“You have the ability to teleport,” Claude smiled at Danika, who’d just materialized in front of us as if from thin air.
“Teleport?” Andy asked, looking as if he were still trying to catch his breath.
“Yes. It is a common fairy trait, among those of half-blood or more,” Claude said calmly—as if he were speaking about the weather.
“So she can just ‘pop’ anywhere she wants?” Andy asked.
“No—generally Halflings can teleport only to others who share their blood. Full-blooded fairies with the skill can also teleport to locations where they have spent significant time before. As Danika grows, she will learn of the full extent of her power through practice.”
“Oh,” Andy sounded, still looking floored. “Anyone else able to do that?”
Adilyn raised her hand somewhat tentatively. “Sorry we didn’t tell you, Daddy. We just found out earlier when we were tryin’ to avoid Aunt Portia.”
“Oh!” the sheriff said with a little nod. “Um—that’s okay. But don’t be doin’ that to avoid me—you hear now?”
“Okay, Daddy,” the two little fairies with “popping” capabilities chimed in.
“What about you, Braelyn, or you, Charlaine?” he asked.
Both girls frowned. “We can’t do it. We’ve tried and everything!” Charlaine pouted.
“You might learn in the future,” Claude smiled at the girls. “For some, it is a less natural talent. And others can do other things.”
“Like what?” Andy asked cautiously. Nervously.
I was nervous too as I looked at Sookie’s belly.
“Well, their telepathy is the obvious thing,” Claude informed.
“All of them can read minds?” Andy asked.
“Yes,” Sookie was the one to confirm. “Two of them are stronger though—Braelyn and Adilyn.”
“Yes,” Claude agreed. “They have natural control over how to listen and how not to. The other two are lucky, however, for Sookie can teach them how to build shields. This is not a normal fairy trait; Sookie learned it herself,” the full-blooded fairy said proudly.
I was proud of my bonded too.
“Will they be able to do other stuff?” Andy asked.
Claude shrugged. “There are many ways in which fairy magic can manifest. And there are different degrees of gifts. It is safe to say that the girls themselves will be the best reporters of their gifts.”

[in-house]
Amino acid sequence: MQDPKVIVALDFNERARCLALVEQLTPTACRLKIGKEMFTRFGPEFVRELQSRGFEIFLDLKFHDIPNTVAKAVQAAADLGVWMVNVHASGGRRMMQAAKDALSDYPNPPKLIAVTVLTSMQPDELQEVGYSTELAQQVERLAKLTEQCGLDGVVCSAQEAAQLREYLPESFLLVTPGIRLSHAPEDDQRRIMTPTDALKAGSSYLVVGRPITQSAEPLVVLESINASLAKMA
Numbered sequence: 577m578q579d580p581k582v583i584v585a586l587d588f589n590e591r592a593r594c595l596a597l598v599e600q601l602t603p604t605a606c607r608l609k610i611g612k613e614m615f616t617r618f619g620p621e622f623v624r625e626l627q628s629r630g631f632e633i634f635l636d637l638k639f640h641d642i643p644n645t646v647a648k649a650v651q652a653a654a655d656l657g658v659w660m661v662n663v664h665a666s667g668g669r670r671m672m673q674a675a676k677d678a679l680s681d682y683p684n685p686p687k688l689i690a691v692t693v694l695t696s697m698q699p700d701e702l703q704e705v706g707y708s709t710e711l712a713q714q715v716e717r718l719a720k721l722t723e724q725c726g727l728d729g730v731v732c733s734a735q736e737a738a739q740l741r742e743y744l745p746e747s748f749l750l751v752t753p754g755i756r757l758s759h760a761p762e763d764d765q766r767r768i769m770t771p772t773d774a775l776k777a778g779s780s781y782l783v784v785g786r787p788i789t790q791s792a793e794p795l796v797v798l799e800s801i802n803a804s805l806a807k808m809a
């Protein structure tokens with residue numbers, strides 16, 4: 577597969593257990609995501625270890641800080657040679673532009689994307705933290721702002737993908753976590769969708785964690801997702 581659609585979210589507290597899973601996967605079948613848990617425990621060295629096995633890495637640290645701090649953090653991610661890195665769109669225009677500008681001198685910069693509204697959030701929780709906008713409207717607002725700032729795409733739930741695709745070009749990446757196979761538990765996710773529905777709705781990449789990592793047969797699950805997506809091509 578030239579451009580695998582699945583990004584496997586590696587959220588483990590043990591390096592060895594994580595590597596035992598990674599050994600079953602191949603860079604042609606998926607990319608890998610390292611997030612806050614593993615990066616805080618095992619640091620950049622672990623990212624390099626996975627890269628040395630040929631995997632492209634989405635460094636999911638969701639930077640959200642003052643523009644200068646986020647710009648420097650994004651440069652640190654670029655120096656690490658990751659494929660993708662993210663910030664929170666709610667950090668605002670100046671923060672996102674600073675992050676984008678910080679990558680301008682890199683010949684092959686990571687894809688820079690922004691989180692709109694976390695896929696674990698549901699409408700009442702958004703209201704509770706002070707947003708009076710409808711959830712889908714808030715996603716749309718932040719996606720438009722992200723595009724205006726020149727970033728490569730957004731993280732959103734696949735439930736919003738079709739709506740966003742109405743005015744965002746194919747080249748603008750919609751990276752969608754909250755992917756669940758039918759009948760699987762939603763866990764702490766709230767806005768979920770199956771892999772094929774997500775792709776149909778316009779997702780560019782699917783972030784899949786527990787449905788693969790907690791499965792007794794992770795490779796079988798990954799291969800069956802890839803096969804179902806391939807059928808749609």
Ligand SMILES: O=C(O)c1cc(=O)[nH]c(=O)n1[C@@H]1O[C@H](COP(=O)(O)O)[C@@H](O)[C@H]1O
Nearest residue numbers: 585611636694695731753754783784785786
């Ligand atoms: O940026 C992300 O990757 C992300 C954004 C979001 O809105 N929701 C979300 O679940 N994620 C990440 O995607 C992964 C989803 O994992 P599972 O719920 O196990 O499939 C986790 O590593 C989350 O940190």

Andy looked at them. “So? Uh—anything else?”
Braelyn looked at him shyly before producing a little ball of white light on her palm. Danika produced a similar one.
“A defensive weapon,” Claude observed. “They can be trained to use this light to fight any enemies.”
“Mine’s a different color,” Charlaine said with a little smile.
“Show us,” Claude requested.
The little girl produced a reddish light on her palm.
“An offensive weapon if I’ve ever seen one,” Claude chuckled. “I’d always wondered if Maurella was part Dae.”
“Dae?” Andy asked.
“Demon,” Claude responded as the human sheriff went ashen.
“Another kind of Supernatural being,” I offered, trying to keep my voice calm—for Andy’s sake. After all, I’d realized that he and I were in an oddly similar boat as we learned of the various things that fairy children might be capable of doing. “Do not worry. The Dae are a mostly benevolent race and known for great wisdom.”
“Uh—oh,” Andy said, his hands trembling a little.
Claude chuckled and spoke to Charlaine. “Your light will become more powerful in time. Even at full maturity, your two sisters will have the ability to only stun with theirs. But yours will potentially cause much more damage. You must be careful not to use it in anger.”
The little girl nodded as everyone looked at Adilyn.
The last of the four sisters bit her lip and then produced a light that was emerald green in color.
“A healer!” Claude said with awe. “A rare and wonderful gift!”
“Healer?” I asked. I still remembered when Sookie’s light saved me from Marnie’s spell and restored my memories.
Claude nodded. “Few fairies have the power to heal, and it often works on only those whom they love.”
I felt Sookie’s grip on my hand tighten. I wondered if she was recalling that moment at the Festival of Tolerance, too.
The moment when I’d been about to kill Bill as Marnie had controlled me.